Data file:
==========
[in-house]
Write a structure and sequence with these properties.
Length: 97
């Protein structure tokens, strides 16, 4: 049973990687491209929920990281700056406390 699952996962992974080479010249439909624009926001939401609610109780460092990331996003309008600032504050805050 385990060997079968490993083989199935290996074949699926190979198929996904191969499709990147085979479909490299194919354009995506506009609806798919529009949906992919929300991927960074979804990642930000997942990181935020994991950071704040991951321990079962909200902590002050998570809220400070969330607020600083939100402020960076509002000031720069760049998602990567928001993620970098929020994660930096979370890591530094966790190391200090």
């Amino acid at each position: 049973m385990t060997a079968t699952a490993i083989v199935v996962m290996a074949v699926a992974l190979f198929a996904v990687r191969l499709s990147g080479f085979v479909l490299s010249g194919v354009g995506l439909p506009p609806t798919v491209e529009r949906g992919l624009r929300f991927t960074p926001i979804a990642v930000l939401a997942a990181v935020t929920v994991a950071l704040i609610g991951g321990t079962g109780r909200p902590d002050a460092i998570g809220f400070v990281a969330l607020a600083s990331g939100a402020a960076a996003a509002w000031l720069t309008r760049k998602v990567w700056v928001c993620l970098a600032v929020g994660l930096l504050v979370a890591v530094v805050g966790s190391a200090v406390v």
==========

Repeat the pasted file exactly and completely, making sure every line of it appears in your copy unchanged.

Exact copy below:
[in-house]
Write a structure and sequence with these properties.
Length: 97
């Protein structure tokens, strides 16, 4: 049973990687491209929920990281700056406390 699952996962992974080479010249439909624009926001939401609610109780460092990331996003309008600032504050805050 385990060997079968490993083989199935290996074949699926190979198929996904191969499709990147085979479909490299194919354009995506506009609806798919529009949906992919929300991927960074979804990642930000997942990181935020994991950071704040991951321990079962909200902590002050998570809220400070969330607020600083939100402020960076509002000031720069760049998602990567928001993620970098929020994660930096979370890591530094966790190391200090």
């Amino acid at each position: 049973m385990t060997a079968t699952a490993i083989v199935v996962m290996a074949v699926a992974l190979f198929a996904v990687r191969l499709s990147g080479f085979v479909l490299s010249g194919v354009g995506l439909p506009p609806t798919v491209e529009r949906g992919l624009r929300f991927t960074p926001i979804a990642v930000l939401a997942a990181v935020t929920v994991a950071l704040i609610g991951g321990t079962g109780r909200p902590d002050a460092i998570g809220f400070v990281a969330l607020a600083s990331g939100a402020a960076a996003a509002w000031l720069t309008r760049k998602v990567w700056v928001c993620l970098a600032v929020g994660l930096l504050v979370a890591v530094v805050g966790s190391a200090v406390v």